Most of Hodgson’s career has passed without being scrutinised by the English, until its most recent years. He acknowledges as much and is fond of a joke at his own expense. Last month he was reminiscing about his days as the Switzerland manager taking the team to the 1994 World Cup finals – as fine an achievement as any of his – and remarking that looking back now, he recognises how “amateurish” their approach was to the tournament.
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Put plainly, Hodgson is regarded as a conservative. It is not entirely undeserved, given his high-profile jobs in England when he has been more successful with underdogs like Fulham and West Bromwich Albion than big dogs like Blackburn Rovers (as they were in the late 1990s) and Liverpool. But in his first managerial job at Halmstads he was no traditionalist; he was a radical who tore through the conventions of Swedish football; helped develop many of the players who were so successful at the 1994 World Cup finals and went on to greater success at Malmo from 1985.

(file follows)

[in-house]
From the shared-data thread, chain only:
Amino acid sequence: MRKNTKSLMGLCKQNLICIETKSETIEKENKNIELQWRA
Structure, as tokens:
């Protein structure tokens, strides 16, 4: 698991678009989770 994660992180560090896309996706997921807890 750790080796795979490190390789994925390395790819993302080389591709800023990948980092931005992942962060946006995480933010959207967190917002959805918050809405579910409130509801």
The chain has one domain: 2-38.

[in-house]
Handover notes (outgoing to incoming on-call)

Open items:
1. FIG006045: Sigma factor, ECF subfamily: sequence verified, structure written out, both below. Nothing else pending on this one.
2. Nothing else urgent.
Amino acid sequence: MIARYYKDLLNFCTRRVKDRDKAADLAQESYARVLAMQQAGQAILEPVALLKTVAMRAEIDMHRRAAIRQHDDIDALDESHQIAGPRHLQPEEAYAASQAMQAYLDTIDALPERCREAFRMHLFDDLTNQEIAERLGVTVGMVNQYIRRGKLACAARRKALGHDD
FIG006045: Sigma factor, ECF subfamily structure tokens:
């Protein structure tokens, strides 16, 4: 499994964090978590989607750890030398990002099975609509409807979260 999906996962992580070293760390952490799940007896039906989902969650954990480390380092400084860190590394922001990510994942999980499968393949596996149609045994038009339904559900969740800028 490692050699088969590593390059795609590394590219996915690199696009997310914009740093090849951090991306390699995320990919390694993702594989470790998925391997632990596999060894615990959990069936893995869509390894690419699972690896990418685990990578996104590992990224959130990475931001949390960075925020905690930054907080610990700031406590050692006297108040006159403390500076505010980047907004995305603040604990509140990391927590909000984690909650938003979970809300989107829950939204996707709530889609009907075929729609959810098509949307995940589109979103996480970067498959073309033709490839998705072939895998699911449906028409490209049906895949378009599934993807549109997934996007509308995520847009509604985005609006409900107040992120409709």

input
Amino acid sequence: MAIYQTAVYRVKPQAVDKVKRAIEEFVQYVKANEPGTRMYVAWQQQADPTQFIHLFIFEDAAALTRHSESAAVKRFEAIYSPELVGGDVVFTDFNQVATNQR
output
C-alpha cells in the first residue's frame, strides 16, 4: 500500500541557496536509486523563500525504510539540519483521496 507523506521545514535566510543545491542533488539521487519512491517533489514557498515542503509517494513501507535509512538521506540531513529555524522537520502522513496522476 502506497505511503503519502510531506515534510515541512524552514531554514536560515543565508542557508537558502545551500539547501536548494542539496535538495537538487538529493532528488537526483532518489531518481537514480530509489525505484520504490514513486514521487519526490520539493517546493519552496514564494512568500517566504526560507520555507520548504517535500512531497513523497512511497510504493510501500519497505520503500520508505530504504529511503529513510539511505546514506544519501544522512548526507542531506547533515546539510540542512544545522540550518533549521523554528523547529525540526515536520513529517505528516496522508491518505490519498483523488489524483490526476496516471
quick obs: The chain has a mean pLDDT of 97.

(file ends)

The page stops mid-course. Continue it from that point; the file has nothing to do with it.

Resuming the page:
At FC Copenhagen, where he spent just one year from 2000 to 2001, the hierarchy acknowledge that he laid the structure for the modern-day club that has enjoyed such domestic success in recent years.
The decisions that define Hodgson at this World Cup finals will be marginal. He is never, for instance, likely to field Raheem Sterling, Ross Barkley and Alex Oxlade-Chamberlain in one starting line-up – few managers would in his situation. But he may well decide to play at least one, and again on Friday night against Peru he was given reason to believe that the one could be Sterling. The boy from Wembley is playing with the fearlessness that changes games. He does not care who he is playing against, and it shows.